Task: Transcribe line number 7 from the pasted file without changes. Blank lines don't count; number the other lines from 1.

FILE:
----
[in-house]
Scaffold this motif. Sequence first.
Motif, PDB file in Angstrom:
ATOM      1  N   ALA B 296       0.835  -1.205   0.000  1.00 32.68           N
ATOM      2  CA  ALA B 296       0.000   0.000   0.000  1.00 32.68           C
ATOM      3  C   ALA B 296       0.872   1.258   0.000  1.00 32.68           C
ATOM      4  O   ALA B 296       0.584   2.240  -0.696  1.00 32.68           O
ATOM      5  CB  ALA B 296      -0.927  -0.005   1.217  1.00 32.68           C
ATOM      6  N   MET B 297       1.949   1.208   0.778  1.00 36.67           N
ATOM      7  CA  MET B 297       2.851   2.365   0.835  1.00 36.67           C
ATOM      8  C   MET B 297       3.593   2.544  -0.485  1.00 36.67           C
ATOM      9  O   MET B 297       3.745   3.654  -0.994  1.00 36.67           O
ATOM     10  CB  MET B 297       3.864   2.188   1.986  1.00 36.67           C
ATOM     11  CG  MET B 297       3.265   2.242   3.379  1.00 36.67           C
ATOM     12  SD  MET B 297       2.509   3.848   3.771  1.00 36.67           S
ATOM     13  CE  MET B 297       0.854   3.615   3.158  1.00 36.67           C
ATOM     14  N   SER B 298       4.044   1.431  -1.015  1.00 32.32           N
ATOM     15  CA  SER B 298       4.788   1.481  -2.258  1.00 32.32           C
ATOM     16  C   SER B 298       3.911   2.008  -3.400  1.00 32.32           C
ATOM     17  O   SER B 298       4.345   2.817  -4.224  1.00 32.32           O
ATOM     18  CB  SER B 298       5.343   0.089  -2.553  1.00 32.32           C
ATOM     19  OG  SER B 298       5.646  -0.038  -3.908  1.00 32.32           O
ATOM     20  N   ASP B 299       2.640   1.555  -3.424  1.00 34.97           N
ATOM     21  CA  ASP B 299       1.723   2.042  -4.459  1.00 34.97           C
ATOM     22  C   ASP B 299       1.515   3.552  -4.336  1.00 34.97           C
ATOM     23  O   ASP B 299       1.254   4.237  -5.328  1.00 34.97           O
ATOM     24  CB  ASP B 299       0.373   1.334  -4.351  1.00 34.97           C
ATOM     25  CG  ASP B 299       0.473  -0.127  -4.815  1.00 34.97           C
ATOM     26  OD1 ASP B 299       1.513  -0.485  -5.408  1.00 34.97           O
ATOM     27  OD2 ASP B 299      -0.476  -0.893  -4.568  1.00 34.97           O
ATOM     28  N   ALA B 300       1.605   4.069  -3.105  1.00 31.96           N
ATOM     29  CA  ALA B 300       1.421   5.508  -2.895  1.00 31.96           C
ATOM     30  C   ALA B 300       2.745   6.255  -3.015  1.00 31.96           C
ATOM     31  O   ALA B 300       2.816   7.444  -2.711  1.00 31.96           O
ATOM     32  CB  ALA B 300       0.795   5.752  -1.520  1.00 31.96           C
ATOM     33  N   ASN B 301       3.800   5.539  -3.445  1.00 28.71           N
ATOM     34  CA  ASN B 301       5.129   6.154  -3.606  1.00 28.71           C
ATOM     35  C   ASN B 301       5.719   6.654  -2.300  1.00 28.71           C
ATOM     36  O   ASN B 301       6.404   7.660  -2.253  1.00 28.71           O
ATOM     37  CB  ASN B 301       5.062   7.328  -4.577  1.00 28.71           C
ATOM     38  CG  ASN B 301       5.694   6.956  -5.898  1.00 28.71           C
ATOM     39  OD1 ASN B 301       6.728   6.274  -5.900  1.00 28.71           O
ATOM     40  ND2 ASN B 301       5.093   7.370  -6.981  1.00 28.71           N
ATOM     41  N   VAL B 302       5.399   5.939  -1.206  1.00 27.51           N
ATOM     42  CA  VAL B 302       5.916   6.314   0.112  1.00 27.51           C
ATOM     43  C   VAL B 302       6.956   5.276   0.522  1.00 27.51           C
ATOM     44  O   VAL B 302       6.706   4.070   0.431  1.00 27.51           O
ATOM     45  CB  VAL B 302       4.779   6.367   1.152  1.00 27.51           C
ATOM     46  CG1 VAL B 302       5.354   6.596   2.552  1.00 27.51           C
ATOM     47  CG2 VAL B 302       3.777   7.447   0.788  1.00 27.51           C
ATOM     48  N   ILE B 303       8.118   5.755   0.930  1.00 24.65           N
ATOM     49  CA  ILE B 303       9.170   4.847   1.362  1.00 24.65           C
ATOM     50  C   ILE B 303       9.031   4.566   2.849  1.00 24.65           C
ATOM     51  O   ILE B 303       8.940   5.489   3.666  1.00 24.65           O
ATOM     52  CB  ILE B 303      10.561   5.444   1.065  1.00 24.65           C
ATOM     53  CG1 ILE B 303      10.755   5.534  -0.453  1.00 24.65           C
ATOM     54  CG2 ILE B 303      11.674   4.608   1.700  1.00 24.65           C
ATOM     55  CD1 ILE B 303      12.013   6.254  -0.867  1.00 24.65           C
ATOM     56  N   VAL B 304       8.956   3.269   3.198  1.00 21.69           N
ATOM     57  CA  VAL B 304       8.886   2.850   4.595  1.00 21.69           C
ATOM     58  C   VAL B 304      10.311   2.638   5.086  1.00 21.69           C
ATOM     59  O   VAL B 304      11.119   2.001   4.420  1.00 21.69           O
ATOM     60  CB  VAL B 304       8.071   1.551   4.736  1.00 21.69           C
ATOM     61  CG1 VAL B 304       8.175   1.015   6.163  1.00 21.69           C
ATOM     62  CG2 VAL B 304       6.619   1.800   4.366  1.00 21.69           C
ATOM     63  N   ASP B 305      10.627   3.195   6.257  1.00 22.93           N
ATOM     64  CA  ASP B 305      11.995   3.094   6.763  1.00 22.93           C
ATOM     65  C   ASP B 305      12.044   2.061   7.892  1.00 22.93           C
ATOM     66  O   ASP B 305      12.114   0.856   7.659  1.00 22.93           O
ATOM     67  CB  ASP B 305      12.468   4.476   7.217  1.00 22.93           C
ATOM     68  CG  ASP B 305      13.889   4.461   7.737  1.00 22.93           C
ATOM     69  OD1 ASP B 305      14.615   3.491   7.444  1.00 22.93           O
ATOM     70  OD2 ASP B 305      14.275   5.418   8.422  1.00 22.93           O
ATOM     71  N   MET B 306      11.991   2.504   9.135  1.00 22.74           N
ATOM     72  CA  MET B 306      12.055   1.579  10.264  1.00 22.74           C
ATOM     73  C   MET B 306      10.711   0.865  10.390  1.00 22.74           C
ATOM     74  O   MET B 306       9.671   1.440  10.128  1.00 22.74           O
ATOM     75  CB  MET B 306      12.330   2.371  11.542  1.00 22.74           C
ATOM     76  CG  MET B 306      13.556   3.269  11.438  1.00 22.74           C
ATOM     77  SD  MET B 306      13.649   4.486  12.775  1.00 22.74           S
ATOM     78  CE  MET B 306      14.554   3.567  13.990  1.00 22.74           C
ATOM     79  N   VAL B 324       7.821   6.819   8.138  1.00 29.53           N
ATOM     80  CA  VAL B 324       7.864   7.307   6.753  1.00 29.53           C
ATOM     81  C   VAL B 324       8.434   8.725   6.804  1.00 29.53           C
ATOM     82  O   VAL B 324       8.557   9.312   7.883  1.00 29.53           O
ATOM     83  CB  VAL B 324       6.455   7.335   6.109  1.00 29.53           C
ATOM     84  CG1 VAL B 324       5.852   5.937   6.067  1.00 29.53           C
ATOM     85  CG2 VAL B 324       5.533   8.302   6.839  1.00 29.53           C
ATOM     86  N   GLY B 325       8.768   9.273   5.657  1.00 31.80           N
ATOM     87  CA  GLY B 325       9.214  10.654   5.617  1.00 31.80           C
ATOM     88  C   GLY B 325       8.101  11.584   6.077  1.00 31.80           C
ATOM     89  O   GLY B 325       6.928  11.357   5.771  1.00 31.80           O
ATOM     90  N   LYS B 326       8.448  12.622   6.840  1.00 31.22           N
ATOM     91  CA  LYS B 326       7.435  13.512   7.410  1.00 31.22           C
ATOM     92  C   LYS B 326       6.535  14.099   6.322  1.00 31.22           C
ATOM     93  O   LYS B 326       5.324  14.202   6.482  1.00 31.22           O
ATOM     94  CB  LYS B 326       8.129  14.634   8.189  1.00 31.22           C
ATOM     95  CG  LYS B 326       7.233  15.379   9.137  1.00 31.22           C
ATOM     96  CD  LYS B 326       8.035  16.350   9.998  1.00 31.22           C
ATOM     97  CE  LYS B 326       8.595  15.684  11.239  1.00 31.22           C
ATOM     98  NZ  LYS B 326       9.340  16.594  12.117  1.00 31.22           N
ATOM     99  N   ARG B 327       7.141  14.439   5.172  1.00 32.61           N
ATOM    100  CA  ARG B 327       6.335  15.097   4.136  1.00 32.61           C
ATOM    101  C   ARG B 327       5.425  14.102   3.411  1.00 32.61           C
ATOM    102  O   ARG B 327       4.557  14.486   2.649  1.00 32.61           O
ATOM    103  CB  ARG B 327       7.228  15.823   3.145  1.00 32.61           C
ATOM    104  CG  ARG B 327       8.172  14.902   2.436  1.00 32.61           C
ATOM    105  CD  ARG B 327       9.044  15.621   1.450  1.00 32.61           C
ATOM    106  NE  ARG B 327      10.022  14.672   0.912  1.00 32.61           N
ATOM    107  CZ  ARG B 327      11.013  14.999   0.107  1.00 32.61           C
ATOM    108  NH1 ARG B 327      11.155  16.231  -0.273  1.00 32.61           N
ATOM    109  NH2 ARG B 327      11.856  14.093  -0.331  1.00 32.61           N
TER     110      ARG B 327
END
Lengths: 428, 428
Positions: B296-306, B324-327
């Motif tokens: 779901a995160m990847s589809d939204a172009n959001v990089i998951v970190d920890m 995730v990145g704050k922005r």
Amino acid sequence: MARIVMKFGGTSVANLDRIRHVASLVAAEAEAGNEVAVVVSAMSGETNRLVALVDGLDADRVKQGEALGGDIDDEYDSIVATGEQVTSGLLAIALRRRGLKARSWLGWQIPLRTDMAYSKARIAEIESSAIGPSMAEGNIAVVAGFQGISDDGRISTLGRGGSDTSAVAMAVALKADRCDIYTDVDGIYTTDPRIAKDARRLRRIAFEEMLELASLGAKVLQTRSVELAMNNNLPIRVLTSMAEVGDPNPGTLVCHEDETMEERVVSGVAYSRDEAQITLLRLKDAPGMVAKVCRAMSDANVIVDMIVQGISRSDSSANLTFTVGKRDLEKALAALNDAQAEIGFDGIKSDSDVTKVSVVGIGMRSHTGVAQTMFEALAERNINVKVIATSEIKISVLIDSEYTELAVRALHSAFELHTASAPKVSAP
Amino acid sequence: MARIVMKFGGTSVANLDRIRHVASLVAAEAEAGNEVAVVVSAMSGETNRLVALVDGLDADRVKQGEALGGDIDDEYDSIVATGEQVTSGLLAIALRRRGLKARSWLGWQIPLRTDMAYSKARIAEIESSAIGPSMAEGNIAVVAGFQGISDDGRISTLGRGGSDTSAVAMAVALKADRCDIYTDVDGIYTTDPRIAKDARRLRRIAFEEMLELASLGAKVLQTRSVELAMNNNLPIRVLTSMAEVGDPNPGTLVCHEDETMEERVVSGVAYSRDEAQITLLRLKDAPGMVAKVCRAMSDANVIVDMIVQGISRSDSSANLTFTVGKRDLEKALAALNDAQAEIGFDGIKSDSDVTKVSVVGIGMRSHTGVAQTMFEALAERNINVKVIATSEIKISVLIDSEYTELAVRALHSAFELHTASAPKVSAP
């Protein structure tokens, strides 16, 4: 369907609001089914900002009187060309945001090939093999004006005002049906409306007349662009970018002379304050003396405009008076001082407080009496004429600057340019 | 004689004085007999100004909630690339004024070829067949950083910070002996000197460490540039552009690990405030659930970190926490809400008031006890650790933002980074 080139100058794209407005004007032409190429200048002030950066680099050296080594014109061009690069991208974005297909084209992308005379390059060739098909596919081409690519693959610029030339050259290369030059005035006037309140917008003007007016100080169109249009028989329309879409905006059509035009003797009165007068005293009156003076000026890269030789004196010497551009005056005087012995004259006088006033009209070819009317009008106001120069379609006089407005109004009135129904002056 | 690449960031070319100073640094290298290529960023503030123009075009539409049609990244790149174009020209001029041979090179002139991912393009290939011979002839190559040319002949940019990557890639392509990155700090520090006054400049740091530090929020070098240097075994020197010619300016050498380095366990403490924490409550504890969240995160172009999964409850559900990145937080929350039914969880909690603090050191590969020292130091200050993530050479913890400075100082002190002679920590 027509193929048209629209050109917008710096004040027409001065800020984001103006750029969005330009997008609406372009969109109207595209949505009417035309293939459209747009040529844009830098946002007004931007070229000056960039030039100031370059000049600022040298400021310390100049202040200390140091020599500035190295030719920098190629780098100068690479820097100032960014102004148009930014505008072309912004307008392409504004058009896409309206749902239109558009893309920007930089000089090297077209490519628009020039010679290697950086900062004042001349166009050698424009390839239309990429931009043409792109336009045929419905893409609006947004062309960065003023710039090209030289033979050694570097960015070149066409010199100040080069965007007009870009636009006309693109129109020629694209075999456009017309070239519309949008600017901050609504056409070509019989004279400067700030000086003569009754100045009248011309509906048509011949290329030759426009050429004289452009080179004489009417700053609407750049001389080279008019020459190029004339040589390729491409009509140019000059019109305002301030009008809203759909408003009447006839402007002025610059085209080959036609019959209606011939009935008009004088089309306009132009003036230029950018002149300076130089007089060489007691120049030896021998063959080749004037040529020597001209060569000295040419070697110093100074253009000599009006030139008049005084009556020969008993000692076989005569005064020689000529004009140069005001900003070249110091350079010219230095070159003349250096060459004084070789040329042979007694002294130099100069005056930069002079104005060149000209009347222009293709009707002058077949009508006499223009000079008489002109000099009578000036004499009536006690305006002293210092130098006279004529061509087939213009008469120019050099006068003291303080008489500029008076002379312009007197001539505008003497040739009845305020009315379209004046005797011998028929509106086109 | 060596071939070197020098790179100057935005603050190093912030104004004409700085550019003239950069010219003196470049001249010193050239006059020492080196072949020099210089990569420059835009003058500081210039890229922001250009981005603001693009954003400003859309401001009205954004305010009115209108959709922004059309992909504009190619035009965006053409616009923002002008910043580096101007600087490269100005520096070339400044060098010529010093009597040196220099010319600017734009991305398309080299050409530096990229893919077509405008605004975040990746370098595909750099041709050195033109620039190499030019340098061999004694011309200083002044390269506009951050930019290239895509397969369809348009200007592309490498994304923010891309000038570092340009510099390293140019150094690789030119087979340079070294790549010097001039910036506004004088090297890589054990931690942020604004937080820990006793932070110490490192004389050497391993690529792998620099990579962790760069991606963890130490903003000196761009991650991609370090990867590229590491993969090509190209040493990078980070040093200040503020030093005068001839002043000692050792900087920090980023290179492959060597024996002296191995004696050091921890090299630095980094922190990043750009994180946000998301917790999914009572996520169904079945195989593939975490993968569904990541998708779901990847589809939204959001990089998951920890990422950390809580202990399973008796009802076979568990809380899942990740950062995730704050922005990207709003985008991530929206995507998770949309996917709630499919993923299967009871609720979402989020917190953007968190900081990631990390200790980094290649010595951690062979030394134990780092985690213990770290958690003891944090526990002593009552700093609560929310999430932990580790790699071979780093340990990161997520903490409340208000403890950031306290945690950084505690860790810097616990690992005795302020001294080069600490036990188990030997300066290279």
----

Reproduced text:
ATOM      4  O   ALA B 296       0.584   2.240  -0.696  1.00 32.68           O